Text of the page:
PDF: General technique of third molar removal

The most commonly performed surgical procedure in most oral and maxillofacial surgery practices is the removal of impacted third molars.

Extensive training, skill, and experience allow this procedure to be performed in an atraumatic fashion with local anesthesia, sedation, or general anesthesia.

The decision to remove symptomatic third molars is not usually difficult, but the decision to remove asymptomatic third molars is sometimes less clear and requires clinical experience.

A wide body of literature (discussed else-where in this issue) attempts to establish clinical practice guidelines for dealing with impacted teeth.

Once the decision is made to remove impacted third molars, a classification system based on clinical and radiographic findings becomes a tool for predicting the difficulty of removal. Accessibility significantly influences the degree of difficulty of removal of a third molar.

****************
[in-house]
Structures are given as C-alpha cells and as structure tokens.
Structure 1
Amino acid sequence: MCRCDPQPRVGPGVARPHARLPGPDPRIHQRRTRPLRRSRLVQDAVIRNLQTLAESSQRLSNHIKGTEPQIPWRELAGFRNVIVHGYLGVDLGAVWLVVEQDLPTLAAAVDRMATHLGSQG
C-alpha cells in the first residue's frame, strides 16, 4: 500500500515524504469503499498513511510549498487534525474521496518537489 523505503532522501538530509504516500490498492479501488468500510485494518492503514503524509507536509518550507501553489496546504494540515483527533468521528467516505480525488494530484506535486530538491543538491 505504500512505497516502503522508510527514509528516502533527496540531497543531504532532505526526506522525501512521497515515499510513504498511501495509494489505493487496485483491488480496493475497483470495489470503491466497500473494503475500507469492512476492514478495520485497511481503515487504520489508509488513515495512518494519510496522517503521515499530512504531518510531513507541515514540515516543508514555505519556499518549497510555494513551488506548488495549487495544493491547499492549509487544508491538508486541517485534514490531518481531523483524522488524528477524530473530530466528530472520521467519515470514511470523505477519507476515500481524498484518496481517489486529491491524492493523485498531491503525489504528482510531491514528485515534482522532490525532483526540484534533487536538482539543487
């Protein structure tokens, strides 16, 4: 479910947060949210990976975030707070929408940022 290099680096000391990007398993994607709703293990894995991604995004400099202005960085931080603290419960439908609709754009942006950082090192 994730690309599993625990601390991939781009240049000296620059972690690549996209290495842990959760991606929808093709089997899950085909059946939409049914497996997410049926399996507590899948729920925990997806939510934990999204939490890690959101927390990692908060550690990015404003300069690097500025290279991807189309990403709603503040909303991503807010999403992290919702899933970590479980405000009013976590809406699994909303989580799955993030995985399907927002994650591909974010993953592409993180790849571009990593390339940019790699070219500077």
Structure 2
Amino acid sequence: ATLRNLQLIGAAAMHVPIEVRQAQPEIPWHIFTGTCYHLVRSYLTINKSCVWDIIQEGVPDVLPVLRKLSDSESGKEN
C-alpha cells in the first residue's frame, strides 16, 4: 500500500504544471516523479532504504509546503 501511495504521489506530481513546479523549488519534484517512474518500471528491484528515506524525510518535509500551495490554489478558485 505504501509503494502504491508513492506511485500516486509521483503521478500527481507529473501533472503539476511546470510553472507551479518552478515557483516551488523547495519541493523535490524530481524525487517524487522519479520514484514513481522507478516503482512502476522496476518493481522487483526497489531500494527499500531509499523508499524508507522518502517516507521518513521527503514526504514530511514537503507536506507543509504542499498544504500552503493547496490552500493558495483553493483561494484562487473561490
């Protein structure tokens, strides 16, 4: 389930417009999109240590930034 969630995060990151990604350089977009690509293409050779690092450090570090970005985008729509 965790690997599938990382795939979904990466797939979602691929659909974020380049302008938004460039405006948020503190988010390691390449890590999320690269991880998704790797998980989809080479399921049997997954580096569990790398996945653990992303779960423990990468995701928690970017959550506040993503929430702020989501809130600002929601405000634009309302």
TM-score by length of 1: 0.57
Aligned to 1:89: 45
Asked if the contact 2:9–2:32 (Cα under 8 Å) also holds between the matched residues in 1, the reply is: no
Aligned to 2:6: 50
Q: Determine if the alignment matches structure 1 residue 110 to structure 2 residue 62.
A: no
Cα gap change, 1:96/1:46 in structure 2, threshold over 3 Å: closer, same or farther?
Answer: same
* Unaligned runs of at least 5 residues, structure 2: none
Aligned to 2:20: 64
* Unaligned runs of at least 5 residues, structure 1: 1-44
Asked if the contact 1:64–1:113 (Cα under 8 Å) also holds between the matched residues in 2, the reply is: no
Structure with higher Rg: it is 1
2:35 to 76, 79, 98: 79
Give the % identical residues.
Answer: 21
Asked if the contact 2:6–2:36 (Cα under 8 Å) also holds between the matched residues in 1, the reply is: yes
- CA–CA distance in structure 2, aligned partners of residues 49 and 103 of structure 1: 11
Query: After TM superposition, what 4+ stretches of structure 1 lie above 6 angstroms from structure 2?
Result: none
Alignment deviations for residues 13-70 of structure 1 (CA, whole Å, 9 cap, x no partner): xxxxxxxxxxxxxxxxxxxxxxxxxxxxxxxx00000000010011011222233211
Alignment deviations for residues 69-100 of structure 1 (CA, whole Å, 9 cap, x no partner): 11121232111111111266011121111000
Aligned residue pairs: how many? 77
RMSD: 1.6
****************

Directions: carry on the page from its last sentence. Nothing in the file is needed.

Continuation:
The ease with which the tooth can be removed is also influenced by the degree of surgical exposure, the ability to create a pathway for tooth delivery, and the ability to gain purchase (natural or surgically prepared) on the tooth. 

A classification system is a useful tool to categorize the degree of impaction and plan a surgical approach that facilitates removal and minimizes morbidity.